Addiction and Sobriety In The Music Industry

Author : Marco Sgalbazzini
January 26, 2018

Addiction and Sobriety In The Music Industry

The lifestyle of a successful electronic music artist or DJ may seem like a dream to an outsider, but in reality, it isn’t always what it seems. You get into it because of a deep love for your music and the scene, but chronic, acute insomnia, jet lag, anxiety, and loneliness are problems that come along with the job. These are problems for any musician, but in the electronic music industry they can be even more destructive thanks to constant touring uninterrupted by the album cycle, and the late night showtimes that are the staple of the scene.

Whenever you’re through for the night, at 3:00am, 4:00am, or later, it’s really not possible to immediately collapse into sleep in a strange room, no matter how tired you are. But come 8:00am or 9:00am, it’s time for a drive or flight. These kinds of crushing schedules can worsen problems like depression and anxiety, not to mention pain and illness.

And all of these problems can make the lure of melting everything away with drugs more appealing—especially in a scene so friendly to club drug use anyway.

The struggle, as they say, is real. Even elder statesmen such as Moby have publicly said that drugs are EDM’s “dirty secret.” So what does this mean if you’re committed to staying clean but you’re also dedicated to your art?

Sleep training is a huge part of surviving the electronic music scene. Just about anyone who tours as a DJ or live act will tell you that even grabbing a few hours a day is reliant on you being able to train yourself to sleep anywhere, on a crowded, bumpy bus, or the floor of an airport—wherever the opportunity presents itself. But training yourself not to feel isolated or anxious is a bigger chore, and one many people find impossible.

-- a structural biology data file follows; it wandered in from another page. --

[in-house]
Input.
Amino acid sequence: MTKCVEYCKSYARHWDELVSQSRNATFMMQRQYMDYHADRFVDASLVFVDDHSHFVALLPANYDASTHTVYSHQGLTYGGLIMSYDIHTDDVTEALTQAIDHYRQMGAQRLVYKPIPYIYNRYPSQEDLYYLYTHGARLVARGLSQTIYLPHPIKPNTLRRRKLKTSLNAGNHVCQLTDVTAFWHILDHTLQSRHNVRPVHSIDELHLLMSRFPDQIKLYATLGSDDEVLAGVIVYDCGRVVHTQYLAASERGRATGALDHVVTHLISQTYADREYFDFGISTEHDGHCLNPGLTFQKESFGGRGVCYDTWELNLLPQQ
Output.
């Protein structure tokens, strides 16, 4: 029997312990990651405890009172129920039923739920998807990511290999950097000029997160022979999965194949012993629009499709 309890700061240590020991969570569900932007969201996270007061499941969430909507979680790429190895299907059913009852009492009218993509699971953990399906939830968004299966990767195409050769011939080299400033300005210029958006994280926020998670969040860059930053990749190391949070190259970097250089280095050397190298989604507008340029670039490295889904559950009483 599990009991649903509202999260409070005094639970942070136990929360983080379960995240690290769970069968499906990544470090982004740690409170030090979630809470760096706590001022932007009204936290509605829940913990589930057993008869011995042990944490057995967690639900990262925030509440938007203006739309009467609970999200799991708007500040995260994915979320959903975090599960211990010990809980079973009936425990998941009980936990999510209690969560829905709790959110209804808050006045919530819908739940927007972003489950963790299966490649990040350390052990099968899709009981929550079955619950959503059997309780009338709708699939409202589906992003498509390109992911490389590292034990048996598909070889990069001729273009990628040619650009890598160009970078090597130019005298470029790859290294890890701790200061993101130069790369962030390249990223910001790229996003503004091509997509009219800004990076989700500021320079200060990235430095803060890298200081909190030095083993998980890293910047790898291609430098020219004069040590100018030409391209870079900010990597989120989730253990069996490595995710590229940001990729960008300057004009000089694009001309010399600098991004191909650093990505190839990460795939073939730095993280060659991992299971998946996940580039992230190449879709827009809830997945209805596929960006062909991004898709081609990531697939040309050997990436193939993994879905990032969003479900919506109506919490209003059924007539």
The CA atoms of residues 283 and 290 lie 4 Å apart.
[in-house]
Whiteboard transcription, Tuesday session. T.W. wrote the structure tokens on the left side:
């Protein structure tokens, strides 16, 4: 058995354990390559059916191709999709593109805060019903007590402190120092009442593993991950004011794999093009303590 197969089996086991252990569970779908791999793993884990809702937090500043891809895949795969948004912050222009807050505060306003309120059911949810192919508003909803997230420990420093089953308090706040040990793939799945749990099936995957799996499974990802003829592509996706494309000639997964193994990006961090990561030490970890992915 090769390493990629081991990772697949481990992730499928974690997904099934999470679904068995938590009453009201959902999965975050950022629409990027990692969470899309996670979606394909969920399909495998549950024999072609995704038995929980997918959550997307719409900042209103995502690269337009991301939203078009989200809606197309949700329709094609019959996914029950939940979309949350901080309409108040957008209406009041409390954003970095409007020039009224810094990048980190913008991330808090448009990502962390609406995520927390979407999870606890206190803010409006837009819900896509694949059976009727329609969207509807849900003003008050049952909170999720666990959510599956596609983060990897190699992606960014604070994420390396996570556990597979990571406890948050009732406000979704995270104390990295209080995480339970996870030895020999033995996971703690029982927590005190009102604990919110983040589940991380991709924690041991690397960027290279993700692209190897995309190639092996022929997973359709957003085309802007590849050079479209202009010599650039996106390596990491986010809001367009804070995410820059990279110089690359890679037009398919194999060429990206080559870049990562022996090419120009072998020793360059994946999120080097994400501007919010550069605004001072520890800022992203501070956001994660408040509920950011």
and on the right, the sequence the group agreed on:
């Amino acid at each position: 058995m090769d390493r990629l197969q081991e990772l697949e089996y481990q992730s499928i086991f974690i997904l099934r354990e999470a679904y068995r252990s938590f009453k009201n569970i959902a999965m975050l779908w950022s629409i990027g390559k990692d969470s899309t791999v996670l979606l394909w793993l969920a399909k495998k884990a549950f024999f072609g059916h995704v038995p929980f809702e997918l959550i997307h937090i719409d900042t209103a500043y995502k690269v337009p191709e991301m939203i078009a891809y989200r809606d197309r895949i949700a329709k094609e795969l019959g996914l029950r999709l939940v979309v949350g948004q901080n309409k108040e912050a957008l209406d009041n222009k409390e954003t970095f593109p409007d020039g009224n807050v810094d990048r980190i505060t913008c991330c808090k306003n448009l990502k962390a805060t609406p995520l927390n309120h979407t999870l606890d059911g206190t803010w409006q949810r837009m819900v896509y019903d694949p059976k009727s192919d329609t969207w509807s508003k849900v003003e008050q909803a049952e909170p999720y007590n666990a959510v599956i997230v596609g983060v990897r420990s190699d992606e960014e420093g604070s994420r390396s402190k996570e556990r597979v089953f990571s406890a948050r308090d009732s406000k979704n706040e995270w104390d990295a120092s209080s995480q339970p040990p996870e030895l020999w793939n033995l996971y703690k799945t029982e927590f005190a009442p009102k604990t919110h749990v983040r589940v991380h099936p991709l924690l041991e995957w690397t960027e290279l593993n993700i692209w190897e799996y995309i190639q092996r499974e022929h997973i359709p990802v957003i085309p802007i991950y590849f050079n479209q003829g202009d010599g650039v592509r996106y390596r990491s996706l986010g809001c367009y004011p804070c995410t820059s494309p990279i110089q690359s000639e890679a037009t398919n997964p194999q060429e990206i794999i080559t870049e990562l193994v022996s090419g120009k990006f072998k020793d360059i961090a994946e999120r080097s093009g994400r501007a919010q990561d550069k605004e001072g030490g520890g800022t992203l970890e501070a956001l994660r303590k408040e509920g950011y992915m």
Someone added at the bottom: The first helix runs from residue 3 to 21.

This is especially true for many music producers, DJs, and musicians, because they’re playing, working, or touring alone. Although touring with a band comes with its own set of challenges, most versions of the human mind need social interaction to thrive.

In addition to your sleep training, focus on your personal connections. Make sure you identify who your strongest supports are among your family and friends, and talk to them about how you can keep connected despite late nights and lots of travel. Find ways to make it work, for everyone’s benefit.

Access to sunlight and the outdoors is important to your body. When you’re missing days outside, make sure you’re getting enough vitamin D, and invest in a full spectrum lamp to take with you if you are vulnerable to seasonal affective disorder. These seemingly insignificant personal care steps can help you fight addiction and maintain sobriety as you further your career. A great way to ensure sunlight and vitamin D is to visit a Daytona treatment center  we recommend.

Remember, if you’re struggling with sobriety, you are not alone. There are excellent programs, centers and support groups—many with people who are also in the scene—that you can use to ensure you’re around other sober people. Keep going out and enjoying music and dancing with these people, and you’ll re-experience the music again as a sober person. You are not going to love it any less, and when you create you’re going to connect with others even more.

To learn more about addiction and how to overcome it, visit Clear Sky Recovery.